US Air Force Secretary Frank Kendall stated in september 2021 that five B-21s were in production. Maj. Gen. Jason R. Armagost, top general at Air Force Global Strike Command, confirmed that another started in the past few weeks.
As reported by Air Force Magazine, speaking at the 2022 Nuclear Deterrence Summit, Maj. Gen. Jason R. Armagost, the director of strategic plans, programs, and requirements at Air Force Global Strike Command (AFGSC), said that the B-21 Raider continues to be a “model” program for the Air Force, with six of the new bombers currently in production and some of its software already validated through digital testing.
Armagost said on Feb. 9, 2022 that the new stealth bomber will likely fly in 2022, echoing previous predictions by other Air Force officials.
“The B-21, going into the future, is going to be our penetrating, get inside the anti-access, area of denial, dual-capable aircraft,” said Armagost, the director of strategic plans. “There are now six of those in existence. The rollout will probably be some time this year. I’m not at liberty to give the likely date of that, but [it will be] quickly followed by first flight.”
US Air Force Secretary Frank Kendall stated in september 2021 that five B-21s were in production.
Armagost confirmed to Air Force Magazine that another started in the past few weeks. Armagost pointed out that the development of the B-21 has been aided by the USAF’s embrace of digital technologies to speed up the process.
“We are capitalizing on the revolution in digital—models-based systems engineering, open mission systems architecture software,” Armagost said. “As an example, the software for the fuel control system, which is a pretty complex thing, is completely done on an aircraft that hasn’t even flown yet as a test article, because of how we’re able to do models-based systems engineering. And they actually built a fuel systems model and tested the software, and the software is ready to go.”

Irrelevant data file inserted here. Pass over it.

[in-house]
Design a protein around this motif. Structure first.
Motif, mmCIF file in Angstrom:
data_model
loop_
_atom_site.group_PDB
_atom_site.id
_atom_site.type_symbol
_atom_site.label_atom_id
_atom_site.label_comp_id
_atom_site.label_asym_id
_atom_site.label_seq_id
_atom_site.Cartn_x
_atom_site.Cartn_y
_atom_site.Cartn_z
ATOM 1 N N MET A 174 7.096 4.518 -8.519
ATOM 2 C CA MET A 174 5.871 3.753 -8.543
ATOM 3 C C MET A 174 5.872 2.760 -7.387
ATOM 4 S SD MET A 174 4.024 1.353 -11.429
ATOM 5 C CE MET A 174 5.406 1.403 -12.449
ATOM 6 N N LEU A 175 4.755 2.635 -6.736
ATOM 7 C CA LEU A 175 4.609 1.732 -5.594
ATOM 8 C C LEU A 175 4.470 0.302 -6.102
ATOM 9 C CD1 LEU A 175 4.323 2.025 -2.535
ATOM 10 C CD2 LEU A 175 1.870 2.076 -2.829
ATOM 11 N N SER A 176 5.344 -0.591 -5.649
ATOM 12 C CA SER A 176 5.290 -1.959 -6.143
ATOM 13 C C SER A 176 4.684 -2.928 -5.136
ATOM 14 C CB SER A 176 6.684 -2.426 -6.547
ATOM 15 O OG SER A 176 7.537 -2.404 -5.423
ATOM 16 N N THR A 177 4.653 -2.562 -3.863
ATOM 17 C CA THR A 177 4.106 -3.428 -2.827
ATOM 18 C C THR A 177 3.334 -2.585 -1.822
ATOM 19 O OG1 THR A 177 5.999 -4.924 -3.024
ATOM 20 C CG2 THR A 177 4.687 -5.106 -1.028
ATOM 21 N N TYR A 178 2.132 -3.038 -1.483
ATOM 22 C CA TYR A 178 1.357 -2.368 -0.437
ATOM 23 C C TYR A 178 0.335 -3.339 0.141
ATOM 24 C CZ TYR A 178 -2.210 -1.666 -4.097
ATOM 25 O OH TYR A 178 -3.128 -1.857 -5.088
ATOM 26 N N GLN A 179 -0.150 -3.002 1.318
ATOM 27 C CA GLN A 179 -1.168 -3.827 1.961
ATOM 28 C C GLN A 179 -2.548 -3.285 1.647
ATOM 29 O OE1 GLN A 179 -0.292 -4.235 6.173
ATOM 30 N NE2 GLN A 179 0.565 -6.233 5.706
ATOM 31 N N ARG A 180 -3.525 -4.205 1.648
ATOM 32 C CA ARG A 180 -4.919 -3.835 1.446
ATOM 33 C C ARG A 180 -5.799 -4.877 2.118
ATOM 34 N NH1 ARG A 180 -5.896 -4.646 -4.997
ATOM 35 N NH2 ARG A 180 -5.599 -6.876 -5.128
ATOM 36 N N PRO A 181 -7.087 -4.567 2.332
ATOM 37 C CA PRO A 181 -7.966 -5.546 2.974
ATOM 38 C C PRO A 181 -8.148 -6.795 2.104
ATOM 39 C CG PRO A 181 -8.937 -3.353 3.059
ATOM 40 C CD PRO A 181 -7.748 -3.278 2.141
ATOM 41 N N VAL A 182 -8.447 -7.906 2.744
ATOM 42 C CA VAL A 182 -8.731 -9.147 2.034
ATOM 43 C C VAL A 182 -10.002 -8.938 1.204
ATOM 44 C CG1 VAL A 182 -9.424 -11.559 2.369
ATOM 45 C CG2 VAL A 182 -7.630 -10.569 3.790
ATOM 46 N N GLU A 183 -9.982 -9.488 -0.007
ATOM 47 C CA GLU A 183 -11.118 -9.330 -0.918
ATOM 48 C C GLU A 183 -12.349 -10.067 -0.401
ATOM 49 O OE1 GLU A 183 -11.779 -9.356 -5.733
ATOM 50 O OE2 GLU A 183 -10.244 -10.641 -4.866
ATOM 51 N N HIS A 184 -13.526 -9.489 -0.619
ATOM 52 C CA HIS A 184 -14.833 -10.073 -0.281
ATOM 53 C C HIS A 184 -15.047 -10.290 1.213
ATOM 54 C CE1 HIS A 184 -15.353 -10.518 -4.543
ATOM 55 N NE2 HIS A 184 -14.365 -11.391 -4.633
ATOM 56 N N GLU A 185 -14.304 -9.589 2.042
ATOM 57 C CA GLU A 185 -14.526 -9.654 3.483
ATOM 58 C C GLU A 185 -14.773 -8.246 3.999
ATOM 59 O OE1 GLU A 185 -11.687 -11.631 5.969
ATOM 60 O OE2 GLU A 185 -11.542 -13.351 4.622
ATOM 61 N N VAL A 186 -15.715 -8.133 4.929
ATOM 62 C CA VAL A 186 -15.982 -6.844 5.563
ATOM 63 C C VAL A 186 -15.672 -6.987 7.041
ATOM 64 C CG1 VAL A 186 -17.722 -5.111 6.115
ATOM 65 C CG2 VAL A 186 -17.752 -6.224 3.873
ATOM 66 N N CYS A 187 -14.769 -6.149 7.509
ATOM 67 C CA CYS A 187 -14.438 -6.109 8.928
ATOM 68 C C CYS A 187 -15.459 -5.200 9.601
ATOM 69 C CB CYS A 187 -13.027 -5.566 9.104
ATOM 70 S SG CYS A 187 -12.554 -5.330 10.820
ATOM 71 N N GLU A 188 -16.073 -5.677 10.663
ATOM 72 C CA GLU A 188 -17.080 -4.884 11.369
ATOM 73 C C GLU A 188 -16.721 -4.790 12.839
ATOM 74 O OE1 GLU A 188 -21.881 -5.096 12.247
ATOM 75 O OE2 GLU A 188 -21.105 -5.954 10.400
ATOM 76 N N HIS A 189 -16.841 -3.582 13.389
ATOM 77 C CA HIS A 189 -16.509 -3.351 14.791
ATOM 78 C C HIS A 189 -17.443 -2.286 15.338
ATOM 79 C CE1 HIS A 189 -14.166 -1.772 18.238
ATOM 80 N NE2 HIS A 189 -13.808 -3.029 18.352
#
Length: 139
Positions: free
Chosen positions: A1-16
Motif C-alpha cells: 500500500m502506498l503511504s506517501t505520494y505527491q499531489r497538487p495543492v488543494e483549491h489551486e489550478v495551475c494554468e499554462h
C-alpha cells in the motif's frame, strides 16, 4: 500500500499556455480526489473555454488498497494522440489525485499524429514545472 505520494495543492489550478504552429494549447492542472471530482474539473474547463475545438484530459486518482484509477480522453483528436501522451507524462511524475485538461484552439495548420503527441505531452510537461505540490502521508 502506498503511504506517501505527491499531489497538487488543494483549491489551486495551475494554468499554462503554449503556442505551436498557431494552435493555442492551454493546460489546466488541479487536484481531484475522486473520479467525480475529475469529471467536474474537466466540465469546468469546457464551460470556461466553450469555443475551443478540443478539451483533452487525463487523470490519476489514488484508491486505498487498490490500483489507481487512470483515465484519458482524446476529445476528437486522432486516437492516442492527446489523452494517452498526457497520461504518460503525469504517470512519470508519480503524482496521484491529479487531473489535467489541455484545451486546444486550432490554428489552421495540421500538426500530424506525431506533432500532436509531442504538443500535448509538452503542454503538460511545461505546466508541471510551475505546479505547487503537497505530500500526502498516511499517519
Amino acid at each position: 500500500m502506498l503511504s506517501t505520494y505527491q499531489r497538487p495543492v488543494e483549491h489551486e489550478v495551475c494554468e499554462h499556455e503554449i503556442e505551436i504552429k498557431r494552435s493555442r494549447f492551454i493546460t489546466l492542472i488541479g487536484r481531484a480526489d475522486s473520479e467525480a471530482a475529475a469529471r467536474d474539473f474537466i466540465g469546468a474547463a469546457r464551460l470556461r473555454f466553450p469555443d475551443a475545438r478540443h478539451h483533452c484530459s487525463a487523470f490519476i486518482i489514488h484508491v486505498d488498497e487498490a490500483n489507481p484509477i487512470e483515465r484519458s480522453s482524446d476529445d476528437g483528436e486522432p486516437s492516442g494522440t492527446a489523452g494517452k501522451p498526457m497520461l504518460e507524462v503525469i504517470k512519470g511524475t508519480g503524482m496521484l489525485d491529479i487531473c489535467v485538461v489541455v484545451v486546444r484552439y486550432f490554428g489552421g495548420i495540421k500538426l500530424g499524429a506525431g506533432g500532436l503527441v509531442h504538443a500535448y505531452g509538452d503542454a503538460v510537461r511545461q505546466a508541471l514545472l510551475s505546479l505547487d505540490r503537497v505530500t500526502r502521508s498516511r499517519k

It’s not the first time digital engineering has played a role in the modernization of the Air Force’s bomber fleet. Late last year, Rolls-Royce North America President and CEO Tom Bell said the company had digitally “built” a B-52’s wing with the company’s F130 engines installed to demonstrate its advantages and win the contract for the B-52 Commercial Engine Replacement Program.
According to Armagost digital technologies have also been integrated into the B-21’s future sustainment.
“One of the things that I’m most excited about is the requirements for new systems that haven’t even flown … yet. The fact that there’s a modernization effort built into those already, right?” Armagost said. “So in the B-21, for example, there’s technologies that are explored that we can risk-reduce through other platforms, potentially, and integrate ahead of the aircraft even flying. And so it’s kind of an exciting way to get back to that models-based systems engineering [that] has kind of opened up some possibilities on sustainment, interacting with the environment in ways that are really useful to the future systems.”
The B-21 Raider is being developed to replace the Air Force’s aging B-1 Lancer and the B-2 Spirit aircraft to form a two-bomber fleet of B-21s and modified B-52s. The B-21 will be a long-range, highly survivable bomber aircraft capable of carrying a variety of mixed conventional munitions or nuclear ordinance.
The B-21 Raider will be capable of penetrating the toughest defenses to deliver precision strikes anywhere in the world, playing a vital role in America’s national security.
Photo credit: U.S. Air Force